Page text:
there was always trouble and when I picked up the phone I heard that sound of desperation
in his voice that I often heard and I said hey man what happened, did you get somebody
pregnant, its going to be all right, and he said, no no um, you know my friend larry,
oh yeah, Larry’s got the tooth missing and you guys like to watch the cars go in circles.
Yeah what’s wrong? And he said um Larry broke up with me. I said what! And he said
larry um where down in the basement about a year ago, watching a race drinking a beer,
and larry leaned over and he kissed me and there is nothing in my life that has ever
felt so true, and there is nothing In my life that has ever felt so right, and I love larry,
so much and he loves me but he is afraid, that people are going to find out and he’s
afraid of what’s going to happen. And I said OH well you have come to the right person.
So I whipped out every hope speech I had, every it gets better speech and I gave it
to him and I gave it to him but there was nothing I could do to make him feel hope,
there was nothing I could do so I could hear that sound of liberation in his voice that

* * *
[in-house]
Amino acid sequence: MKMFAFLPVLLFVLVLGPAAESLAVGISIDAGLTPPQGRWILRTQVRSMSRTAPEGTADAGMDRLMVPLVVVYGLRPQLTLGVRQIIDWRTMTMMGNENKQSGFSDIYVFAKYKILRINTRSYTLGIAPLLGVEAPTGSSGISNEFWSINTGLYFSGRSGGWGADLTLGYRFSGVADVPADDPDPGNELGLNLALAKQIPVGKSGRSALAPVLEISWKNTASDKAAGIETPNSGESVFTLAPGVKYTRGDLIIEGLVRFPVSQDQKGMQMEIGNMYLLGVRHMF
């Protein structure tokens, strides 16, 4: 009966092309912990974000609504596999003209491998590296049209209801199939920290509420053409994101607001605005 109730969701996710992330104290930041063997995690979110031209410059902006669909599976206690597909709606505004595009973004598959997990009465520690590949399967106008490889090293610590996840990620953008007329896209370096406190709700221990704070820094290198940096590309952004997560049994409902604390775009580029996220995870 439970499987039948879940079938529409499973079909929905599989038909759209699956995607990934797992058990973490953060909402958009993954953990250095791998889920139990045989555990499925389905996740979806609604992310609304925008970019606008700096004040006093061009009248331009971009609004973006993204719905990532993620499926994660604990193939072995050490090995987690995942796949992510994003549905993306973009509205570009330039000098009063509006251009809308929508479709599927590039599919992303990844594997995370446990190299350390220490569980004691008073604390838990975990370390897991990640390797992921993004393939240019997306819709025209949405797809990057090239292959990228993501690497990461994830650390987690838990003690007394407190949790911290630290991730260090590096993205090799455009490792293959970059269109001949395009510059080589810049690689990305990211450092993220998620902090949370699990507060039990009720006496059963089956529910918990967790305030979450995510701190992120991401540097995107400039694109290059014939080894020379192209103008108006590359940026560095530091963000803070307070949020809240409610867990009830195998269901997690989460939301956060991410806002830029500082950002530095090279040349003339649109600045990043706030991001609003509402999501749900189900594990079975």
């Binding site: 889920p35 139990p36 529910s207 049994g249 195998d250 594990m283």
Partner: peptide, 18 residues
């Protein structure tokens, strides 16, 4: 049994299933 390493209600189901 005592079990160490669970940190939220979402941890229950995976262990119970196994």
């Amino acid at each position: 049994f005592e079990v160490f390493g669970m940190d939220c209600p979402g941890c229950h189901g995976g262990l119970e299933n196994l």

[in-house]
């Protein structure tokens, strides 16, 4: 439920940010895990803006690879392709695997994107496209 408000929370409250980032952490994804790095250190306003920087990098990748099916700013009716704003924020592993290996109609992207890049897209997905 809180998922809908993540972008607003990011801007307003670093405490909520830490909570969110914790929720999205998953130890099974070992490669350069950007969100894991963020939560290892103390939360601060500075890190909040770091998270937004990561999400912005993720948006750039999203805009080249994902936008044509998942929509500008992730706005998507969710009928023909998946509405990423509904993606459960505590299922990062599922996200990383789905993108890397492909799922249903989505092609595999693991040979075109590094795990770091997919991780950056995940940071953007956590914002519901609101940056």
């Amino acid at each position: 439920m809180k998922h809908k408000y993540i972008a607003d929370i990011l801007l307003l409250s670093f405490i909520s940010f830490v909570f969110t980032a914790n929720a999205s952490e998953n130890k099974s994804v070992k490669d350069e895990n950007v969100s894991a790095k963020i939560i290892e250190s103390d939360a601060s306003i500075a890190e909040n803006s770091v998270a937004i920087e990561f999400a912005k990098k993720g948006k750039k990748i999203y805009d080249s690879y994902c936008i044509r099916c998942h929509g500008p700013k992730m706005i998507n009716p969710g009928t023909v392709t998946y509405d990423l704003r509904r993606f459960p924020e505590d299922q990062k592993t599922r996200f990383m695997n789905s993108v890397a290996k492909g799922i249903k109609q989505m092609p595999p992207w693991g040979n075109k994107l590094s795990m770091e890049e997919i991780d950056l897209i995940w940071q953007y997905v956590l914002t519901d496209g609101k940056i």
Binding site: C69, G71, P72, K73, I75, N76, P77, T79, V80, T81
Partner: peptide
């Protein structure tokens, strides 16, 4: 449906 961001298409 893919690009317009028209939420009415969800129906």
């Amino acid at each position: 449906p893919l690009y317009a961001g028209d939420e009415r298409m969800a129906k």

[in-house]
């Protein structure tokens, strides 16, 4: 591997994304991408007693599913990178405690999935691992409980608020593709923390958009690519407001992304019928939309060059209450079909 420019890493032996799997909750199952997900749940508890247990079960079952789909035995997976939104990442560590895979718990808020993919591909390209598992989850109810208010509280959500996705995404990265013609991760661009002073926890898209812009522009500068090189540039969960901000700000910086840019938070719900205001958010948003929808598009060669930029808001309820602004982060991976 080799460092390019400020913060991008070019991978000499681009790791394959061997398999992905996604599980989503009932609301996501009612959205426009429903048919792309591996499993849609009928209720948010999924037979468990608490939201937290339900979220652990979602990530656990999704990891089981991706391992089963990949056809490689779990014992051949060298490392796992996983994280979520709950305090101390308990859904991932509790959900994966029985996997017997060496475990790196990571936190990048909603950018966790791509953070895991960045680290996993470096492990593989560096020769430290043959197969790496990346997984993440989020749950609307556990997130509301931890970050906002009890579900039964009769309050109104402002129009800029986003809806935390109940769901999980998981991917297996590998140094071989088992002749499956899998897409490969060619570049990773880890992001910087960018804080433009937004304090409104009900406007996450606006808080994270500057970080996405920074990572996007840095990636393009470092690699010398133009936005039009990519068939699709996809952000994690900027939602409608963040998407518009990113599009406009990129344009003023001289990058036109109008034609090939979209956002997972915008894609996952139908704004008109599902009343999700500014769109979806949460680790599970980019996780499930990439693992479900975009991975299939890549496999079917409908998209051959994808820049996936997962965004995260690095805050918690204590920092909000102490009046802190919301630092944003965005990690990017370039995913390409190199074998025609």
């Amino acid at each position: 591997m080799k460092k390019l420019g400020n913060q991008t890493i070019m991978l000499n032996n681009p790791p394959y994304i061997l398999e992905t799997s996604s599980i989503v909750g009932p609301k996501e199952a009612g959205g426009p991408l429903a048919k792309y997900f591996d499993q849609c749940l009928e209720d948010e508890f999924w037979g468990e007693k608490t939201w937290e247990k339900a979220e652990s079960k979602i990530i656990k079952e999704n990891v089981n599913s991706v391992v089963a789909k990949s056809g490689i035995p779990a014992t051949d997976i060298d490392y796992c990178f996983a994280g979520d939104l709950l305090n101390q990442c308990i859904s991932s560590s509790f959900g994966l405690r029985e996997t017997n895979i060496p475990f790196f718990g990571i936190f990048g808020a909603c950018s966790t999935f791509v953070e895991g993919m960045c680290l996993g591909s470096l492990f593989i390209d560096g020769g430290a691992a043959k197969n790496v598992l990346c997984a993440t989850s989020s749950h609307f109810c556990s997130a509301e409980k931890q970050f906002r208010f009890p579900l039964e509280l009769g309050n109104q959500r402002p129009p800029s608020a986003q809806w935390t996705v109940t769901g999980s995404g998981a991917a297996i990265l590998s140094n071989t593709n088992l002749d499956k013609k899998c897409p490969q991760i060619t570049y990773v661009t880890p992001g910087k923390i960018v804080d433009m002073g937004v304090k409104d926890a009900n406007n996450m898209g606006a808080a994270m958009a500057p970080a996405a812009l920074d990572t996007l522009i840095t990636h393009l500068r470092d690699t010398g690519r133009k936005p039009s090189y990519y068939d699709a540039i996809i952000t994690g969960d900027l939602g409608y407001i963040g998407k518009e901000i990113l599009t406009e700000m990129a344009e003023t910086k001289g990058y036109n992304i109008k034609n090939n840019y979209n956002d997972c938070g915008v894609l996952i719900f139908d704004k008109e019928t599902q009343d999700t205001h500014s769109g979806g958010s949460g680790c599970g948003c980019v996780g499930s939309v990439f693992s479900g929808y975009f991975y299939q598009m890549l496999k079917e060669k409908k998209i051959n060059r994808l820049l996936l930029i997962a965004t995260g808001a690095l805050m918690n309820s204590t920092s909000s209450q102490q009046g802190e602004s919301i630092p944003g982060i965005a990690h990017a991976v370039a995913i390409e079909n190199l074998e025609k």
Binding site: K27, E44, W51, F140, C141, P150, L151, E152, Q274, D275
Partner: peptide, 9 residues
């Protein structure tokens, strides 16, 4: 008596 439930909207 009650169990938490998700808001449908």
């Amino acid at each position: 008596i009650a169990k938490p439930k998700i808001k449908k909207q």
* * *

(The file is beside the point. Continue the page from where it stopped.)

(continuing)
I had had. And I thought what a fool. What a fool I had been. Of course I had felt freed
when I came out I came out in CA where we have laws protecting us where we have laws,
some laws, so we don’t lose our home or our jobs when we come out. So people are coming
out, they are dispelling the lies of gay and lesbian people out there and so there is a
community coming out. He grew up in Texas and came out in Virginia, where he could lose
his job, he could lose his home. And people aren’t coming out because of that, or dispelling
the myths and the lies and the stereotypes, especially in the community he holds dear.
So he has every reason to be afraid. So I said alright, it’s time for me to change
my goals, make them bigger. I had the great privilege to be on the Oscar stage and when
I took that stage I made a promise to the young people out there that they will have